There may be times when such a rule would have to be abandoned.  For extra long putts or long putts on slow greens, higher acceleration may be more accurate than a longer swing.  Then there is the condition where the swing cannot be lengthened.  You could attempt two acceleration rates: one for short and medium length putts and a faster one for long putts. 

Or you might find it too tedious or too difficult to adjust the backswing length exactly while using one acceleration.  Instead you could try to produce the required velocity of the clubhead as a custom creation for each putt, using a customized backswing length and a customized acceleration rate just for that putt.  This can be done with and without using a practice stroke.  A variation of this  is to finish your setup and aiming, then practice backstrokes until you like one, then hit the ball with this backstroke and an improvised acceleration rate on the downswing.  The most common situation is probably the one where the golfer just makes a backswing by instinct without a practice swing and then improvises an acceleration rate on the fly.  If that works well enough, then further considerations are unnecessary.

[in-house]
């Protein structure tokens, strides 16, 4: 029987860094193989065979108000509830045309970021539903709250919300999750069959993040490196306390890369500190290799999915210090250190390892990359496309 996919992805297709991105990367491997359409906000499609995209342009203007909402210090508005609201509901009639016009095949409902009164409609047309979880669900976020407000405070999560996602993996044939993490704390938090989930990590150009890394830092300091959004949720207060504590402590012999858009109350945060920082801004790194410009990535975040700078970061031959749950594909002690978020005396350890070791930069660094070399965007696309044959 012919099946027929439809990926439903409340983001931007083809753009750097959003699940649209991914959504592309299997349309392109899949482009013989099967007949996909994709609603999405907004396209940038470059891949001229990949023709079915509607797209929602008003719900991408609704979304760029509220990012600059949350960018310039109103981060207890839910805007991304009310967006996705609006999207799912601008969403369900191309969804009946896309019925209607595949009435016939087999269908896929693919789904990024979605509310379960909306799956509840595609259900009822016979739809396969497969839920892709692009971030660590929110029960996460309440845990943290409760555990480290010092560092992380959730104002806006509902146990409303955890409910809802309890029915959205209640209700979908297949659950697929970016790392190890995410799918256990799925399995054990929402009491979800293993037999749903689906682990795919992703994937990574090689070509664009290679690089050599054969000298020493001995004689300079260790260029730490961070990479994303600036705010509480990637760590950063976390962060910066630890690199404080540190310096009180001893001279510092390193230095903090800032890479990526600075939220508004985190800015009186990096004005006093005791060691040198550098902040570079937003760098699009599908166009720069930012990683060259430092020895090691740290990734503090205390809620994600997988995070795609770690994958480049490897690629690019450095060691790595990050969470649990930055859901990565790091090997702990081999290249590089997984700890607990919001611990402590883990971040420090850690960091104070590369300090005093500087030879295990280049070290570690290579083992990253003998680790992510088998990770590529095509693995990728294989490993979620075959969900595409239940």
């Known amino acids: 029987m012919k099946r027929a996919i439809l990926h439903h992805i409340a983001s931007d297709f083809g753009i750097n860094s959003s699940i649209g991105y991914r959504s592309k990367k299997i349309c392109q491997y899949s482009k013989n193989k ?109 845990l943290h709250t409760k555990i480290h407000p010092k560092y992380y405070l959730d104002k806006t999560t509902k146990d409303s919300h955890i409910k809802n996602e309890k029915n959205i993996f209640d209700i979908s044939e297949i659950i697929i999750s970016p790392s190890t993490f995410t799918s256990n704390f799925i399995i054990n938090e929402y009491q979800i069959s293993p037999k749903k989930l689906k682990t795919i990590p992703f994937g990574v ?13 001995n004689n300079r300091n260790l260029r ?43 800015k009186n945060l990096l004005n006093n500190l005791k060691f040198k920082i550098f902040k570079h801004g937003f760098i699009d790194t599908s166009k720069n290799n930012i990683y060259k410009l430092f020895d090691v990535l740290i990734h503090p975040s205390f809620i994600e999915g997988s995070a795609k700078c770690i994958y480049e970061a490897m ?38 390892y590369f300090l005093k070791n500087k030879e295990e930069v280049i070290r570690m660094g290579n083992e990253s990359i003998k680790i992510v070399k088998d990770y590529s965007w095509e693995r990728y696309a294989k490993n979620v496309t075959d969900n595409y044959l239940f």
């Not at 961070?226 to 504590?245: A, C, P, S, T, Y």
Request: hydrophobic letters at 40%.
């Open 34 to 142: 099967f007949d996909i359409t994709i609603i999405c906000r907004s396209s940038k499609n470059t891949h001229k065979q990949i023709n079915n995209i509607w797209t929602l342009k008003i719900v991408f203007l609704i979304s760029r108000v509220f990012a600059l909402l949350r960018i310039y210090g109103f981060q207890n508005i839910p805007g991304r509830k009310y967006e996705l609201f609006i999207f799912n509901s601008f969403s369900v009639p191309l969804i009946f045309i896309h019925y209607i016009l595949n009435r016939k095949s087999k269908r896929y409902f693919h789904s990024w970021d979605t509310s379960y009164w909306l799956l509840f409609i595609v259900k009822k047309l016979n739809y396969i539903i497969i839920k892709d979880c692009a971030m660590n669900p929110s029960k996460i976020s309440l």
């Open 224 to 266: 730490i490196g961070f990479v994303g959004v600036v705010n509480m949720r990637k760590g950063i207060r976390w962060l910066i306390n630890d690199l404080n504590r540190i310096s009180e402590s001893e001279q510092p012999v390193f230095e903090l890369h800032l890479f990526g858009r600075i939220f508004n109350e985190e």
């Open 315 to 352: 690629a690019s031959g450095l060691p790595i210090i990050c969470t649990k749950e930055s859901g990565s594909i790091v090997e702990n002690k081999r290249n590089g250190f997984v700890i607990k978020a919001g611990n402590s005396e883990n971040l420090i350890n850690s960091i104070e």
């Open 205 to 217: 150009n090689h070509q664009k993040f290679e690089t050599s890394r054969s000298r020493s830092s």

Torso and Shoulders

A torso twist starts the backswing of the putting stroke more accurately than shoulder sliding.  At least it does for me.  And why shouldn't it for everyone.  It is quite amazing how well it starts the stroke, in that the club always starts in the same direction.   In addition, the two shoulders no longer have to be coordinated to each other if the torso does all the turning.  In a sliding shoulder motion, when one shoulder slides down, the other slides up, and vice-versa; the degree each moves has to be precisely controlled in relation to the other, or the putter head will get above or below the correct path.  This error can be eliminated to the extent that the torso twist causes the shoulder motion.

To learn a smooth takeaway, hang the club in the air in address position for a few seconds until all movement is reduced to a minimum, then carefully make only a torso twist and watch the clubhead's path. The shoulders travel with the rib cage and without independent movement.  You can do this in the backswing direction and/or the forward direction.  Relax the torso muscles, mainly the belly muscles, and return to address.  Repeat.  In this way you learn a quiet stroke and what a torso twist feels like.